Floricua-of-the-Week Originally from Hatillo, Dr. William Félix has had a successful career in sports medicine, but the pandemic made him want to go back to the emergency room.
Image Courtesy of Dr. William Félix

The Puerto Rican sports physician traveled the world with the NBA. When the pandemic hit, helping COVID-19 patients became his calling in life.

FLORIDA — Dr. William Félix has had a successful career in sports medicine that got him to work as the event medical director for the National Basketball Association (NBA) in 2010. After the pandemic began, for him the only option was to dedicate his full attention to treating patients in need — and even more because of his experience in emergency care.

“I decided to go back to the emergency room. I felt the call to do so. If I had stayed in my comfort zone doing sports medicine, I wouldn’t have slept,” Dr. Félix told The Americano.

RELATED: Floricua Of The Week: How A Latino Respiratory Therapist Protects Himself And Others

Dr. Félix’s interests lean toward veteran communities. He believes veterans have been treated unfairly and have specific needs. This made him offer his services in an emergency room at a veteran’s hospital.

Nowadays, the physician splits his time between his office at AdventHealth Medical Group and the Orlando VA Hospital, both located in Lake Nona, a community within Orlando, FL. At this hospital, he has seen firsthand how this ruthless virus affects people of any age.

WATCH: How Dr. Félix Went From Treating High-Performance Athletes to COVID Patients

Dr. Félix has treated a wide spectrum of COVID-19 patients, with conditions ranging from minimal symptoms to critical illness. 

“For the first spike we had from late March to early April, we were looking at very sick patients. The elderly population was affected the most. We had a relative period of calm until now when cases have resurfaced,” Dr. Félix says. 

As a father of three young children, the physician is taking acute safety measures. He uses several layers of protective gear and takes precautions when he arrives at his home.

“I have three children and a wife. My oldest son Esteban has Down syndrome. He is healthy, but children with this condition tend to have a slightly weaker immune system,” says the doctor. “Two of my children are asthmatic. It takes my sleep away. I’ve invested a lot of money in protective gear.”

The doctor regrets that such a serious and historic public health issue has become politicized. As of June 25, there are 114,018 positive cases of COVID-19. There’s a lot of controversy about how Gov. Ron DeSantis has dealt with the emergency.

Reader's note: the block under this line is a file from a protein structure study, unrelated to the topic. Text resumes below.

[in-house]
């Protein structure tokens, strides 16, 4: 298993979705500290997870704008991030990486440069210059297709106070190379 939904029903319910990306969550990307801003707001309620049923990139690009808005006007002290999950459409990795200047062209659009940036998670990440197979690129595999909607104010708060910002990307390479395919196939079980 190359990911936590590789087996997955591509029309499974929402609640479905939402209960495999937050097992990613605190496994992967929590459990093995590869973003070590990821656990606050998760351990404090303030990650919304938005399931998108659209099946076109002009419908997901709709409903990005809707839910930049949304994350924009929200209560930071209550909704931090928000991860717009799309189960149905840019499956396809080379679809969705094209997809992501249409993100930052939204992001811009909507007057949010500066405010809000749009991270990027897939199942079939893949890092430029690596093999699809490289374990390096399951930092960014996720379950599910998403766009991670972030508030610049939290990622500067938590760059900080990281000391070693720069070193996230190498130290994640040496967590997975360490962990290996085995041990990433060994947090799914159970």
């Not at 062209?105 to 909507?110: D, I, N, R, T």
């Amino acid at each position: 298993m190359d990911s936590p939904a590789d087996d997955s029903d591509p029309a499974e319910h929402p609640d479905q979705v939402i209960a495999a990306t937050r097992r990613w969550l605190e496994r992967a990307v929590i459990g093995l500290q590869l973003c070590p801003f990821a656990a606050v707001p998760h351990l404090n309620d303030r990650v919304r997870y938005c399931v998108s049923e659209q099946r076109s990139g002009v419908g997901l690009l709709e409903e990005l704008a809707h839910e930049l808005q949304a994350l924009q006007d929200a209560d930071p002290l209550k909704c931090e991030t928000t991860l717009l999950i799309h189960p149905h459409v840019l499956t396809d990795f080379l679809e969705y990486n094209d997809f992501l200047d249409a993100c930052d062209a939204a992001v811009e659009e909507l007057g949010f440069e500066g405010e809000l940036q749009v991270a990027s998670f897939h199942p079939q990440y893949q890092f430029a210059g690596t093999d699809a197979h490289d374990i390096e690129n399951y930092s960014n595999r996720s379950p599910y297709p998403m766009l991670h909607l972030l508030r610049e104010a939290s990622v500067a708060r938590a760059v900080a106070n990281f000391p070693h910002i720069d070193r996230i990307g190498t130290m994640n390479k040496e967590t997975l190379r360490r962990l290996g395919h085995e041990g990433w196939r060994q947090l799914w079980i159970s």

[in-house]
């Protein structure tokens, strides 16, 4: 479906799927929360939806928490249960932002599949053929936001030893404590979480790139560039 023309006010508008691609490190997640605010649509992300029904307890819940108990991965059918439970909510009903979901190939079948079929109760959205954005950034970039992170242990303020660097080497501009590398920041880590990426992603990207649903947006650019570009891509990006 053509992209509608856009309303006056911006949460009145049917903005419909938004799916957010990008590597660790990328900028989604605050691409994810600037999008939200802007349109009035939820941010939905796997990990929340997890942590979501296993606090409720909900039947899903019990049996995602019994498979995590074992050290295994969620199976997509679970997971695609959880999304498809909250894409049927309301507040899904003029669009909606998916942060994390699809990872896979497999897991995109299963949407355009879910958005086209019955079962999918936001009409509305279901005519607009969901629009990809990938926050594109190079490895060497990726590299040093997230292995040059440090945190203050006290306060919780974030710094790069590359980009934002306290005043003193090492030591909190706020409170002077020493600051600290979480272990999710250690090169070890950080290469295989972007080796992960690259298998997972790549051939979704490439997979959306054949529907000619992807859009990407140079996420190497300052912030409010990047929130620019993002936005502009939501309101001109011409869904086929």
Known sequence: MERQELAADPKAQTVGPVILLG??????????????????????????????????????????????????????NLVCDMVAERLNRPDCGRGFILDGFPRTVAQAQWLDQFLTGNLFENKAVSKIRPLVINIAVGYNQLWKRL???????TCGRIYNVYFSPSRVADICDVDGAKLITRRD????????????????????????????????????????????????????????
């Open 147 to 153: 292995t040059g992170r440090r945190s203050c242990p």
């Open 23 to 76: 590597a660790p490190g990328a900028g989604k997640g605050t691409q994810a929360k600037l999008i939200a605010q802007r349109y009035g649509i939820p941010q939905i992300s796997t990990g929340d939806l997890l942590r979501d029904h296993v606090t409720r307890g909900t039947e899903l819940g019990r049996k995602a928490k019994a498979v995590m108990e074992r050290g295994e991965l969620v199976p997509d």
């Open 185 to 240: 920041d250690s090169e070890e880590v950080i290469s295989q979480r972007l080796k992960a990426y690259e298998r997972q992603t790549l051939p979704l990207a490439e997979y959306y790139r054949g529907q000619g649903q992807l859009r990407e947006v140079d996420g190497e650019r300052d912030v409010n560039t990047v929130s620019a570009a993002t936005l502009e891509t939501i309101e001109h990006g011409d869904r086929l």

“The coronavirus is neither Republican nor Democrat. Science is data. There are facts which are analyzed in the best interest of citizens,” Dr. Félix explains.

RELATED: This Mom and Dad Are COVID-19 Nurses at the Same Hospital

Originally from Hatillo, PR, Dr. Félix studied medicine at the University of Puerto Rico in San Juan. He completed his emergency medicine residency at the Cooper University Hospital in Camden, NJ. He moved to North Carolina to participate in the Duke Primary Care Sports Medicine Fellowship program at the Duke University Medical Center

Dr. Félix moved to Florida in 2010 and worked in the Jewett Orthopaedic Clinic in Winter Park until 2013. Since 2015, he has lived with his family in Orlando. 

In 2010 the doctor started one of the most exciting phases of his career when he became the event medical director of the NBA.

In working nine years with the NBA, Dr. Félix had memorable experiences taking care of high-performance athletes.

“I was in charge of medical preparation for events. Sports medicine took me around the world. And better yet with basketball, the sport I’m most passionate about.”

When the doctor’s third child was born, he decided to spend more time at home and help with the children, so he left his job with the NBA.

The similarities between Orlando and Puerto Rico, like the weather and the amount of Puerto Ricans living there, make Dr. Félix and his family feel at home. He admits seeing his children grow apart from their grandparents and some of the uncles is a bittersweet situation. The family tries to visit Puerto Rico two to three times a year.

“Hatillo is always in my heart,” says the doctor, who dreams of buying a beach home in the coastal Puerto Rican town. “I want my children to grow up with that sense of belonging.”

 

RELATED: Katiry González’ Land of Prosperity